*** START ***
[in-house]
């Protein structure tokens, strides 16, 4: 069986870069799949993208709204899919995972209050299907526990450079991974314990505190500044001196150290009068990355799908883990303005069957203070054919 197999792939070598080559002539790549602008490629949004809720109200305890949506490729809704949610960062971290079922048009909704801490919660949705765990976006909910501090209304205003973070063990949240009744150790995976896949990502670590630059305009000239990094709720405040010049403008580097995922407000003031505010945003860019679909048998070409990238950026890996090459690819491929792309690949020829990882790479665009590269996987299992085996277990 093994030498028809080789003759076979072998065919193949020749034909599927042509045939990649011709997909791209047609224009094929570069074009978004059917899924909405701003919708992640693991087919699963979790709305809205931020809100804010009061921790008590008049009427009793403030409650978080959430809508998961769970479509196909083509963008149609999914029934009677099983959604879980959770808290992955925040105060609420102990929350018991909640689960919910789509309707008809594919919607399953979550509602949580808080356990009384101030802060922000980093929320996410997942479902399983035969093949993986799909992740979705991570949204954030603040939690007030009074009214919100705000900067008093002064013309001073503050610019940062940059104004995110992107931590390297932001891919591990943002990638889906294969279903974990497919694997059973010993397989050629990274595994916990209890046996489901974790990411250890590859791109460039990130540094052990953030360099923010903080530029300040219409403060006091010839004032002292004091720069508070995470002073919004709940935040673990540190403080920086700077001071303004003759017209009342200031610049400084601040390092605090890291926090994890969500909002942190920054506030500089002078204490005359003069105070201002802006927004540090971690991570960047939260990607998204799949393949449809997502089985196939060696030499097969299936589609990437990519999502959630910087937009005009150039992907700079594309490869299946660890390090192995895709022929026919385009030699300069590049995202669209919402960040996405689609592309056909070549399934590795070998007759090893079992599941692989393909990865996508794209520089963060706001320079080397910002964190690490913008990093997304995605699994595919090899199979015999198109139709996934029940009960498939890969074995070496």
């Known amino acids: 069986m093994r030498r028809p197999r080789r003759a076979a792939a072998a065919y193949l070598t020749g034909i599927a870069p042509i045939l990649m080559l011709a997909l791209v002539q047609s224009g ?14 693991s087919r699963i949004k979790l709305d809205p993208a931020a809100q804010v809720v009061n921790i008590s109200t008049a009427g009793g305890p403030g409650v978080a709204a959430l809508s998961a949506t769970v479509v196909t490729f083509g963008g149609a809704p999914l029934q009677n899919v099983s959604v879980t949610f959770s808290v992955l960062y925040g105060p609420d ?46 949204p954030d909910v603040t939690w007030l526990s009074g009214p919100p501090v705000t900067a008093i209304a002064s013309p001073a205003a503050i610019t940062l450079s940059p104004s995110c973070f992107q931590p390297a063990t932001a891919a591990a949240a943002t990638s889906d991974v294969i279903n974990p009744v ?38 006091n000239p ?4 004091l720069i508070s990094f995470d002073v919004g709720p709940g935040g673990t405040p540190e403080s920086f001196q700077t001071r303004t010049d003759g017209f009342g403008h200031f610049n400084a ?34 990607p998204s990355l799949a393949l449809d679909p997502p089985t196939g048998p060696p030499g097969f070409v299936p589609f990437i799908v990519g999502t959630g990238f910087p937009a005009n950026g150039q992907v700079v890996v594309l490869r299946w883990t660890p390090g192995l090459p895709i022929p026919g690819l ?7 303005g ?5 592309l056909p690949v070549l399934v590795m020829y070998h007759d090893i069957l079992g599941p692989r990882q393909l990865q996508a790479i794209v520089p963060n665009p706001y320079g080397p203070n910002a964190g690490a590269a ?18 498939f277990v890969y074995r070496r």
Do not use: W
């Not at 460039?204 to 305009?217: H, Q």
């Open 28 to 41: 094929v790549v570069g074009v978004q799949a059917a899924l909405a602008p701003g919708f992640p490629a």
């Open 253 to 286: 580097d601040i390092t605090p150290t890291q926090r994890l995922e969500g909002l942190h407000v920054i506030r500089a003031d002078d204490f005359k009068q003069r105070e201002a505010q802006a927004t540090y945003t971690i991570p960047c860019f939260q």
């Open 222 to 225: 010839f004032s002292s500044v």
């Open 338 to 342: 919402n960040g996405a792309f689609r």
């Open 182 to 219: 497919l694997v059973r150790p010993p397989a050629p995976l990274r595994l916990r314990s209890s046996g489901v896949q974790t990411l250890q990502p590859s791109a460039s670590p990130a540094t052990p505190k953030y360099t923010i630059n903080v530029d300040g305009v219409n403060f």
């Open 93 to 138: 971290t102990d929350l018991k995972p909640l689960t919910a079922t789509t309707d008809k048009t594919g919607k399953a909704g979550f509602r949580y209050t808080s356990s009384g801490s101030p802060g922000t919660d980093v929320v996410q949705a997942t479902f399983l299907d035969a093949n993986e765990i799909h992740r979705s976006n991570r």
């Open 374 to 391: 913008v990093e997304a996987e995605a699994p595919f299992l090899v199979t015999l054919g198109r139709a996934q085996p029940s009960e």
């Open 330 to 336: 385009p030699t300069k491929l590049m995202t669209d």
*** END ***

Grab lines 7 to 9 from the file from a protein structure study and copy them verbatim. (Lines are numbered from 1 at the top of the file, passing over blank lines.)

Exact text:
């Open 253 to 286: 580097d601040i390092t605090p150290t890291q926090r994890l995922e969500g909002l942190h407000v920054i506030r500089a003031d002078d204490f005359k009068q003069r105070e201002a505010q802006a927004t540090y945003t971690i991570p960047c860019f939260q």
């Open 222 to 225: 010839f004032s002292s500044v």
């Open 338 to 342: 919402n960040g996405a792309f689609r």